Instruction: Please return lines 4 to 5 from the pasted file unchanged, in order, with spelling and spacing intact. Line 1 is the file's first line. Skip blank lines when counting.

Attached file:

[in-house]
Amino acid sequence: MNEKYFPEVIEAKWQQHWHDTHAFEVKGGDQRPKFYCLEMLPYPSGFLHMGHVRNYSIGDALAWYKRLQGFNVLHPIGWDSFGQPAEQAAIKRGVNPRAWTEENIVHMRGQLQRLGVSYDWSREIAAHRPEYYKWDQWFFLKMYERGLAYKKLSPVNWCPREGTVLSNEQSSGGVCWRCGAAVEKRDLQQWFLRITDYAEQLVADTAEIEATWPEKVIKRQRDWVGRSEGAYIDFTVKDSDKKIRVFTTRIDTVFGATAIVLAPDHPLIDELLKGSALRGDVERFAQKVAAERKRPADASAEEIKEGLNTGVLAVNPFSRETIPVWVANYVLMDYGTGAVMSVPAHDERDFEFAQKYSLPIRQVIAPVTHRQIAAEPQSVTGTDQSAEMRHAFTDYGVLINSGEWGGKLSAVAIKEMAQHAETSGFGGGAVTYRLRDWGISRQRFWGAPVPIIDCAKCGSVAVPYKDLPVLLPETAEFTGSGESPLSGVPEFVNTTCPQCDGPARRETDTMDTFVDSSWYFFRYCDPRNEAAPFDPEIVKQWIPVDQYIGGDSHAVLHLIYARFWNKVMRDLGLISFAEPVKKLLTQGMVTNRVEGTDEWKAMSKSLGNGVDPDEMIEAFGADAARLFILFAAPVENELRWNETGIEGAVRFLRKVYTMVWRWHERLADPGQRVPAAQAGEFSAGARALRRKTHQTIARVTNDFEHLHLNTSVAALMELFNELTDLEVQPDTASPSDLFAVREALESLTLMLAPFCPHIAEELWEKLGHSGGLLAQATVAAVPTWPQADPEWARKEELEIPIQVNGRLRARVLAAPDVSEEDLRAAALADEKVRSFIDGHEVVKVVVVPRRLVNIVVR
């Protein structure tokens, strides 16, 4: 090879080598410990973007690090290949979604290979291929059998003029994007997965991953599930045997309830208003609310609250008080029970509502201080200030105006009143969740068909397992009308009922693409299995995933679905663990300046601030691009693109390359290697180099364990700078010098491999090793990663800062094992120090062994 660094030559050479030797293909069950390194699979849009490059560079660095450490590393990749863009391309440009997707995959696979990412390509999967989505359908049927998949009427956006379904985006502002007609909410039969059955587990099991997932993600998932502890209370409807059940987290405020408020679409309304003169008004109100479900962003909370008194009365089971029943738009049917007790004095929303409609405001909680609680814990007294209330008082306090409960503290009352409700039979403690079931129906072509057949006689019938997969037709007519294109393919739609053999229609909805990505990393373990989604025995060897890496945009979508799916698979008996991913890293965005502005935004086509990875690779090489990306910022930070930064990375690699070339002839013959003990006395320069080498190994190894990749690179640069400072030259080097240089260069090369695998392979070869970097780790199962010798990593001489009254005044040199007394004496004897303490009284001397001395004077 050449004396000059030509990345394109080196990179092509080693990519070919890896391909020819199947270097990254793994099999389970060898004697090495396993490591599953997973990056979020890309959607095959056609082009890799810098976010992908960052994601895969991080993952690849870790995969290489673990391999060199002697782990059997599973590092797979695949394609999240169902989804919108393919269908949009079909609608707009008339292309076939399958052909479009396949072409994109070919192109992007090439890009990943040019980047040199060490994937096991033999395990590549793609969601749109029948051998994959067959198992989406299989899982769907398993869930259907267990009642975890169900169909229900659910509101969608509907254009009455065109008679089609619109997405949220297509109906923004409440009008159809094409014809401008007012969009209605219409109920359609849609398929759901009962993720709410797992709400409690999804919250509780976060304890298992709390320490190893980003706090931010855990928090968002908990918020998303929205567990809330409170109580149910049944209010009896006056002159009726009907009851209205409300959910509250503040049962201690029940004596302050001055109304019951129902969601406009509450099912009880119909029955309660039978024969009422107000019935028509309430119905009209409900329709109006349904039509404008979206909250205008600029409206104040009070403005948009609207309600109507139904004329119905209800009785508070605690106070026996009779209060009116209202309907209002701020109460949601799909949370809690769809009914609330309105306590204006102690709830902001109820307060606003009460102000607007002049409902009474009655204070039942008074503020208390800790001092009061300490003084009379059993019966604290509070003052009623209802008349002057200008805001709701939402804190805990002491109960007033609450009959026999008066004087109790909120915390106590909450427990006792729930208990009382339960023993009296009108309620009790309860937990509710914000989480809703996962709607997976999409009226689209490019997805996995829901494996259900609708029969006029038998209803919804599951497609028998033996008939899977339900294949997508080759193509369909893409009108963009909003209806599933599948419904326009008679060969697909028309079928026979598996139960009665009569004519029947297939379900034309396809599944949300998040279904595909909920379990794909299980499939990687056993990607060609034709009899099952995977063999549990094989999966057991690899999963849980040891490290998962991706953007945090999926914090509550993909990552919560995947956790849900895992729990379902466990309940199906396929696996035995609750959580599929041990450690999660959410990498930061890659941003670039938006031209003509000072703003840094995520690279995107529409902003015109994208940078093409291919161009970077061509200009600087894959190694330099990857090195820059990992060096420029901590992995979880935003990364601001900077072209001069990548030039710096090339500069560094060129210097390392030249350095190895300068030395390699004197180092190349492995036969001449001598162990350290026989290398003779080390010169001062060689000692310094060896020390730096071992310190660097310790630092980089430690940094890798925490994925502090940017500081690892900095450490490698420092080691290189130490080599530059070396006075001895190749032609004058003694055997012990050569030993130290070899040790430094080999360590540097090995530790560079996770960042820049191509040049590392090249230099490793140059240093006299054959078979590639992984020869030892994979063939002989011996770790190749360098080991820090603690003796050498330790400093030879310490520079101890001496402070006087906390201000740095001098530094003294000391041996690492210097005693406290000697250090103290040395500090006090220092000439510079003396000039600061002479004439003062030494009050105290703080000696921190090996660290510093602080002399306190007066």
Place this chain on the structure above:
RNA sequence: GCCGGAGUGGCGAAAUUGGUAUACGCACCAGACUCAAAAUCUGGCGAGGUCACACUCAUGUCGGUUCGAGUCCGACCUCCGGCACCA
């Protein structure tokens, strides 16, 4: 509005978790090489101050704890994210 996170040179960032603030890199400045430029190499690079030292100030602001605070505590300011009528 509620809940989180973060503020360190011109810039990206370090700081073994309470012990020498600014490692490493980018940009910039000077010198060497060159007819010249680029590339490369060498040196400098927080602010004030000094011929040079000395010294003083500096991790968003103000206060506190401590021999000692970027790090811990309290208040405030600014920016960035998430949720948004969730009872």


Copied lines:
Place this chain on the structure above:
RNA sequence: GCCGGAGUGGCGAAAUUGGUAUACGCACCAGACUCAAAAUCUGGCGAGGUCACACUCAUGUCGGUUCGAGUCCGACCUCCGGCACCA